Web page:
For the second image I played with a whole bunch of textures in Photoshop. Seeing as these flowers are rather exotic, "rice paper" is a good fit. I decreased the opacity so that the water lily wasn't obliterated.... and erased all of the texture over the center of the flower.
And for the final image... the original image looks a bit cool so I applied a light warming filter... and another texture layer! This one adds a streak of light in the upper right corner and a warm orange and yellow glow to the flower. It was too strong so I dialed the intensity down a little.
The water gets lost in the final image but the floating lily pad is still visible at the bottom.
Frames are so much fun to play around with. When you add one to an image, make it say something about the picture. It should not take your attention away from the photo... it should add to the story.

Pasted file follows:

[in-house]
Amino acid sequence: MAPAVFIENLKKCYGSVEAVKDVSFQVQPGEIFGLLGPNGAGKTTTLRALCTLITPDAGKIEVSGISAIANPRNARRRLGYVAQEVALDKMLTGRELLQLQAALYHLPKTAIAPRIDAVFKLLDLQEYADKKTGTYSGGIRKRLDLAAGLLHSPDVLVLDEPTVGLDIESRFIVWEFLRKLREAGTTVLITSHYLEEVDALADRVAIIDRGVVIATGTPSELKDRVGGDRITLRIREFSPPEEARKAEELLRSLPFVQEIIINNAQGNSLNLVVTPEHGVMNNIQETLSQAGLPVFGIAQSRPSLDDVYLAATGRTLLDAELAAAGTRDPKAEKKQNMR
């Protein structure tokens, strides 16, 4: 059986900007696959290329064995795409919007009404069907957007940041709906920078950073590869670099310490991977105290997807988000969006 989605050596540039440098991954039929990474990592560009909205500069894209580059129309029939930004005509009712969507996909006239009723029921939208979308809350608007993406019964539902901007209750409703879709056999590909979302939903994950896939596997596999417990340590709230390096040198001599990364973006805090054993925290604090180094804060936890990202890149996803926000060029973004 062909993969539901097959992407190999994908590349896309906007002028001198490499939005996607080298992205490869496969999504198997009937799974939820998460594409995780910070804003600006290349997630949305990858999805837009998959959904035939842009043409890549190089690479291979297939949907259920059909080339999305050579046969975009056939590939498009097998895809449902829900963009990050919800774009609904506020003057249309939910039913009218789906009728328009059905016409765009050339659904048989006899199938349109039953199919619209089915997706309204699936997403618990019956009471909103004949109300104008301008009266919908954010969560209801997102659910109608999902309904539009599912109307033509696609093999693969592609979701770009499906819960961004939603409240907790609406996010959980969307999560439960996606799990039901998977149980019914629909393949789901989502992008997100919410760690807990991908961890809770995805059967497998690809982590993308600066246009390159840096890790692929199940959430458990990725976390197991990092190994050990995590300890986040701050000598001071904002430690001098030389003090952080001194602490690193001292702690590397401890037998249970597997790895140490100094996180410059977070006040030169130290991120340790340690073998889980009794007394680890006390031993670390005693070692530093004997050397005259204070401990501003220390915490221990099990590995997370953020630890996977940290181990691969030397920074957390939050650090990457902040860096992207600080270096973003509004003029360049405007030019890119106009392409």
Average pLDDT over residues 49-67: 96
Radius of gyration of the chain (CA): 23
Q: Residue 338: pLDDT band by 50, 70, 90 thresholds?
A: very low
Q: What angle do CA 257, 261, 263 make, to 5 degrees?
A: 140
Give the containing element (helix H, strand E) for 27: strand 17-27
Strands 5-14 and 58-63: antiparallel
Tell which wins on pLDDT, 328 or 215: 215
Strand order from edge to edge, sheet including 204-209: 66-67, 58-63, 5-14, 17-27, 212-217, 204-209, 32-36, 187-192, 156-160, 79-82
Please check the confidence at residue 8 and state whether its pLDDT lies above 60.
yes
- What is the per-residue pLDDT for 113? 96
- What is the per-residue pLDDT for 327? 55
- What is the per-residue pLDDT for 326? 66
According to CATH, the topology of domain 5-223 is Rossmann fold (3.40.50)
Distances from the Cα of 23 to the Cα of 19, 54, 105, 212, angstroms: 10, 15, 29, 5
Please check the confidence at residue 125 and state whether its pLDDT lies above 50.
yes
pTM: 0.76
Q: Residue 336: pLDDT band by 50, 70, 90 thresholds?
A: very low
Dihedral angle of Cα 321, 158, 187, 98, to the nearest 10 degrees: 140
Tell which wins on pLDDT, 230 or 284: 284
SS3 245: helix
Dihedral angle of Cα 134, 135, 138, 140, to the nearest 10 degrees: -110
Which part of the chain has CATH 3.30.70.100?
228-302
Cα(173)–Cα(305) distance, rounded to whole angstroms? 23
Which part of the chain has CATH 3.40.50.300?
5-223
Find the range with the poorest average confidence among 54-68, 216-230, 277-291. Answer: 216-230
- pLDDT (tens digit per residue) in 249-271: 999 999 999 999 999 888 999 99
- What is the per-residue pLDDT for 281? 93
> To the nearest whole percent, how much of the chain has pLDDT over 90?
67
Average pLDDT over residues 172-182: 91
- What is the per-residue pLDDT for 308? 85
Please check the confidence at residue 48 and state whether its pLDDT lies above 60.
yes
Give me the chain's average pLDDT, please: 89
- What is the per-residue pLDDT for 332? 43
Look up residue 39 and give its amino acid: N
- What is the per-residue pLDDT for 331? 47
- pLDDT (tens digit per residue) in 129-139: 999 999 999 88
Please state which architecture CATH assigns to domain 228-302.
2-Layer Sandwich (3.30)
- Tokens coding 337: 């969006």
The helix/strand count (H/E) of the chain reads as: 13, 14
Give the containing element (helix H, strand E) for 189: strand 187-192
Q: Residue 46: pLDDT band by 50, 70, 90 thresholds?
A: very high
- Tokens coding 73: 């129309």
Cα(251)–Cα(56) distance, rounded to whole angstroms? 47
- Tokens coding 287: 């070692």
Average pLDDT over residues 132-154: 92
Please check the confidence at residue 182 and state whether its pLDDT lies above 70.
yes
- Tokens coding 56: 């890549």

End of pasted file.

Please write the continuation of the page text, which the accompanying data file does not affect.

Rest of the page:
This perky water lily lives in the most inconspicuous garden at a restaurant in Thailand... near Kanchanaburi. You'd never know there's such a lush tropical paradise behind the walls as you drive by!
Through the gate, it was a whole different world. Stone fountains, tiers of brilliant flowers and hanging plants, flowering bushes... quite a shock. Including the most incredible carved flower stepping stones between the ponds of water plants.
The frame looks like a woven bamboo place mat, a lot like the ones on the restuarant tables, giving the photo a bit of an Asian flare!
This photo was fun to work with. It was too "flat" to start out with but it got spiced up and colourful with a few layers!
The original image has a white vignette... peaceful enough.
The second image has three texture layers, a "brocade", a warm filter, and a flame of light, mostly at the top. The orange-yellow light takes over the small flower. Nice hot image!